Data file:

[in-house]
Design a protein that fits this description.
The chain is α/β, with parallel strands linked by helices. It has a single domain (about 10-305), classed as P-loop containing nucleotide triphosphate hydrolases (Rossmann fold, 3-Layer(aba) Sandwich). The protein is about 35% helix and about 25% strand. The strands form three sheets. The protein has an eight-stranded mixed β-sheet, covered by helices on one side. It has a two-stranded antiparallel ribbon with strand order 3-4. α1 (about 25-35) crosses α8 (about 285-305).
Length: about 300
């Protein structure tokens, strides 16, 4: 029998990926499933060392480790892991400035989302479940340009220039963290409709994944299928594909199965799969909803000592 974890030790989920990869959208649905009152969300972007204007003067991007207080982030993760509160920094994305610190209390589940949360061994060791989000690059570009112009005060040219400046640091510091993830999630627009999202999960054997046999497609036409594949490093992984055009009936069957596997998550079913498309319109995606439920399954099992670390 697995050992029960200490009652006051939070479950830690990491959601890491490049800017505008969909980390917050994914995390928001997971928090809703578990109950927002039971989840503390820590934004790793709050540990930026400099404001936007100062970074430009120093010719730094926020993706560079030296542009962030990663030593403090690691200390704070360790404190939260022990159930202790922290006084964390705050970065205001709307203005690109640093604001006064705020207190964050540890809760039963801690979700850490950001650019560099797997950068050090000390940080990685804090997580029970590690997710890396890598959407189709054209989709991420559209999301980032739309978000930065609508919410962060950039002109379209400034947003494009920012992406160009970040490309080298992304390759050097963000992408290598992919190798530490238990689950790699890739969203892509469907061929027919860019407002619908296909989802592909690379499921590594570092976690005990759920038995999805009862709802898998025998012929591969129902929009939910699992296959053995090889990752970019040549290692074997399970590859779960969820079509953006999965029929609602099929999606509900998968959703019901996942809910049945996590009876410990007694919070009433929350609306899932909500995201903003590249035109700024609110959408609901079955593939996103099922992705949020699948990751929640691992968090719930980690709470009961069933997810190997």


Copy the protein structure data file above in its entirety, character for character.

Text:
[in-house]
Design a protein that fits this description.
The chain is α/β, with parallel strands linked by helices. It has a single domain (about 10-305), classed as P-loop containing nucleotide triphosphate hydrolases (Rossmann fold, 3-Layer(aba) Sandwich). The protein is about 35% helix and about 25% strand. The strands form three sheets. The protein has an eight-stranded mixed β-sheet, covered by helices on one side. It has a two-stranded antiparallel ribbon with strand order 3-4. α1 (about 25-35) crosses α8 (about 285-305).
Length: about 300
């Protein structure tokens, strides 16, 4: 029998990926499933060392480790892991400035989302479940340009220039963290409709994944299928594909199965799969909803000592 974890030790989920990869959208649905009152969300972007204007003067991007207080982030993760509160920094994305610190209390589940949360061994060791989000690059570009112009005060040219400046640091510091993830999630627009999202999960054997046999497609036409594949490093992984055009009936069957596997998550079913498309319109995606439920399954099992670390 697995050992029960200490009652006051939070479950830690990491959601890491490049800017505008969909980390917050994914995390928001997971928090809703578990109950927002039971989840503390820590934004790793709050540990930026400099404001936007100062970074430009120093010719730094926020993706560079030296542009962030990663030593403090690691200390704070360790404190939260022990159930202790922290006084964390705050970065205001709307203005690109640093604001006064705020207190964050540890809760039963801690979700850490950001650019560099797997950068050090000390940080990685804090997580029970590690997710890396890598959407189709054209989709991420559209999301980032739309978000930065609508919410962060950039002109379209400034947003494009920012992406160009970040490309080298992304390759050097963000992408290598992919190798530490238990689950790699890739969203892509469907061929027919860019407002619908296909989802592909690379499921590594570092976690005990759920038995999805009862709802898998025998012929591969129902929009939910699992296959053995090889990752970019040549290692074997399970590859779960969820079509953006999965029929609602099929999606509900998968959703019901996942809910049945996590009876410990007694919070009433929350609306899932909500995201903003590249035109700024609110959408609901079955593939996103099922992705949020699948990751929640691992968090719930980690709470009961069933997810190997």